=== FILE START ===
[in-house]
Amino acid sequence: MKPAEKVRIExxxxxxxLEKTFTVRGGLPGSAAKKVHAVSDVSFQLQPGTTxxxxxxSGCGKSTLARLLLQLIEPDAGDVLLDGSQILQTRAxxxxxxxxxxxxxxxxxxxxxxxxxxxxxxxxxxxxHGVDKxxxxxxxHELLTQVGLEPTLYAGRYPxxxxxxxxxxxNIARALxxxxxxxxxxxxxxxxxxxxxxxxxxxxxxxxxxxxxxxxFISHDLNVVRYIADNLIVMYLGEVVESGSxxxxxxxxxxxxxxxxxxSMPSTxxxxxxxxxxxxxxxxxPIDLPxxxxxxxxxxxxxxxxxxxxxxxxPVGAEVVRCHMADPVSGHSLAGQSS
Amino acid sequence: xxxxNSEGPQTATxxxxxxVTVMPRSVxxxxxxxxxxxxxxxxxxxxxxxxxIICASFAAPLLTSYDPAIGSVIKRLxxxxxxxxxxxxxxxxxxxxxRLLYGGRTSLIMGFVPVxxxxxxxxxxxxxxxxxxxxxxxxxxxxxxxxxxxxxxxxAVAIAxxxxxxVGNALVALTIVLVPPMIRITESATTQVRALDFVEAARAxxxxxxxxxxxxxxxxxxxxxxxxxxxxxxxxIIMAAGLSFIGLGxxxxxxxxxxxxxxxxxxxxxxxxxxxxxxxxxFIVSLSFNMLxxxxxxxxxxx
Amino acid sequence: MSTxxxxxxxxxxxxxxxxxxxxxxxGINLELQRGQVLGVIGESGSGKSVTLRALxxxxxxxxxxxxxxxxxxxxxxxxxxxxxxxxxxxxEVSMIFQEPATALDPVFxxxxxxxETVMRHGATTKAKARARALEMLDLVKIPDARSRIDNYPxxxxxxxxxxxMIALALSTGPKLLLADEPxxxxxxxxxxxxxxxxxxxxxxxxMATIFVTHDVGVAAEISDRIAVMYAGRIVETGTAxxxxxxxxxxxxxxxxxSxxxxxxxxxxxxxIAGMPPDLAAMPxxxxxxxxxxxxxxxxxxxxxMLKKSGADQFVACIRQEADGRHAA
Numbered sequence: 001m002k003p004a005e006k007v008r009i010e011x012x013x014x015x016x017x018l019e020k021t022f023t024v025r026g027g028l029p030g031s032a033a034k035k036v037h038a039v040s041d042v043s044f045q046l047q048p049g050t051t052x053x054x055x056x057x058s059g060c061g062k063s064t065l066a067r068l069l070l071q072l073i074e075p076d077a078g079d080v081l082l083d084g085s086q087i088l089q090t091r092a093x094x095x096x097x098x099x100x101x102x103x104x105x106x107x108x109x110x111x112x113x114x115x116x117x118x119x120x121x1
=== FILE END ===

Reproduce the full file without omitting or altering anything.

[in-house]
Amino acid sequence: MKPAEKVRIExxxxxxxLEKTFTVRGGLPGSAAKKVHAVSDVSFQLQPGTTxxxxxxSGCGKSTLARLLLQLIEPDAGDVLLDGSQILQTRAxxxxxxxxxxxxxxxxxxxxxxxxxxxxxxxxxxxxHGVDKxxxxxxxHELLTQVGLEPTLYAGRYPxxxxxxxxxxxNIARALxxxxxxxxxxxxxxxxxxxxxxxxxxxxxxxxxxxxxxxxFISHDLNVVRYIADNLIVMYLGEVVESGSxxxxxxxxxxxxxxxxxxSMPSTxxxxxxxxxxxxxxxxxPIDLPxxxxxxxxxxxxxxxxxxxxxxxxPVGAEVVRCHMADPVSGHSLAGQSS
Amino acid sequence: xxxxNSEGPQTATxxxxxxVTVMPRSVxxxxxxxxxxxxxxxxxxxxxxxxxIICASFAAPLLTSYDPAIGSVIKRLxxxxxxxxxxxxxxxxxxxxxRLLYGGRTSLIMGFVPVxxxxxxxxxxxxxxxxxxxxxxxxxxxxxxxxxxxxxxxxAVAIAxxxxxxVGNALVALTIVLVPPMIRITESATTQVRALDFVEAARAxxxxxxxxxxxxxxxxxxxxxxxxxxxxxxxxIIMAAGLSFIGLGxxxxxxxxxxxxxxxxxxxxxxxxxxxxxxxxxFIVSLSFNMLxxxxxxxxxxx
Amino acid sequence: MSTxxxxxxxxxxxxxxxxxxxxxxxGINLELQRGQVLGVIGESGSGKSVTLRALxxxxxxxxxxxxxxxxxxxxxxxxxxxxxxxxxxxxEVSMIFQEPATALDPVFxxxxxxxETVMRHGATTKAKARARALEMLDLVKIPDARSRIDNYPxxxxxxxxxxxMIALALSTGPKLLLADEPxxxxxxxxxxxxxxxxxxxxxxxxMATIFVTHDVGVAAEISDRIAVMYAGRIVETGTAxxxxxxxxxxxxxxxxxSxxxxxxxxxxxxxIAGMPPDLAAMPxxxxxxxxxxxxxxxxxxxxxMLKKSGADQFVACIRQEADGRHAA
Numbered sequence: 001m002k003p004a005e006k007v008r009i010e011x012x013x014x015x016x017x018l019e020k021t022f023t024v025r026g027g028l029p030g031s032a033a034k035k036v037h038a039v040s041d042v043s044f045q046l047q048p049g050t051t052x053x054x055x056x057x058s059g060c061g062k063s064t065l066a067r068l069l070l071q072l073i074e075p076d077a078g079d080v081l082l083d084g085s086q087i088l089q090t091r092a093x094x095x096x097x098x099x100x101x102x103x104x105x106x107x108x109x110x111x112x113x114x115x116x117x118x119x120x121x1